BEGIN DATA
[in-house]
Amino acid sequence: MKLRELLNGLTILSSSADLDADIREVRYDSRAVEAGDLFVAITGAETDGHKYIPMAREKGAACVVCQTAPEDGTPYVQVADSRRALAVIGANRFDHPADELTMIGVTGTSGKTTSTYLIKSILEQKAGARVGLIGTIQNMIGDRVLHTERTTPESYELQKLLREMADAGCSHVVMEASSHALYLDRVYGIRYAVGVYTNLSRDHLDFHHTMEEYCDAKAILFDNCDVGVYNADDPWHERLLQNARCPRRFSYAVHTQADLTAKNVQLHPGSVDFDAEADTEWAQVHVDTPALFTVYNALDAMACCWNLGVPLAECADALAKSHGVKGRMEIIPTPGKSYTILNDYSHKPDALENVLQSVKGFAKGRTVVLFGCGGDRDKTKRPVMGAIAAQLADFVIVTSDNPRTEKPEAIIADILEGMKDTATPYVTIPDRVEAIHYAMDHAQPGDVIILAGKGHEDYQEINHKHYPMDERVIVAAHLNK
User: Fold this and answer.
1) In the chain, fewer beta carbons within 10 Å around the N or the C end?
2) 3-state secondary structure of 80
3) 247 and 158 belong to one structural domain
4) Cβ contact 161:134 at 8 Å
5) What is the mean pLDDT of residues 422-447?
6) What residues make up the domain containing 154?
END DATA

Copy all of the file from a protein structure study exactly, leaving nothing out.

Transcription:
[in-house]
Amino acid sequence: MKLRELLNGLTILSSSADLDADIREVRYDSRAVEAGDLFVAITGAETDGHKYIPMAREKGAACVVCQTAPEDGTPYVQVADSRRALAVIGANRFDHPADELTMIGVTGTSGKTTSTYLIKSILEQKAGARVGLIGTIQNMIGDRVLHTERTTPESYELQKLLREMADAGCSHVVMEASSHALYLDRVYGIRYAVGVYTNLSRDHLDFHHTMEEYCDAKAILFDNCDVGVYNADDPWHERLLQNARCPRRFSYAVHTQADLTAKNVQLHPGSVDFDAEADTEWAQVHVDTPALFTVYNALDAMACCWNLGVPLAECADALAKSHGVKGRMEIIPTPGKSYTILNDYSHKPDALENVLQSVKGFAKGRTVVLFGCGGDRDKTKRPVMGAIAAQLADFVIVTSDNPRTEKPEAIIADILEGMKDTATPYVTIPDRVEAIHYAMDHAQPGDVIILAGKGHEDYQEINHKHYPMDERVIVAAHLNK
User: Fold this and answer.
1) In the chain, fewer beta carbons within 10 Å around the N or the C end?
2) 3-state secondary structure of 80
3) 247 and 158 belong to one structural domain
4) Cβ contact 161:134 at 8 Å
5) What is the mean pLDDT of residues 422-447?
6) What residues make up the domain containing 154?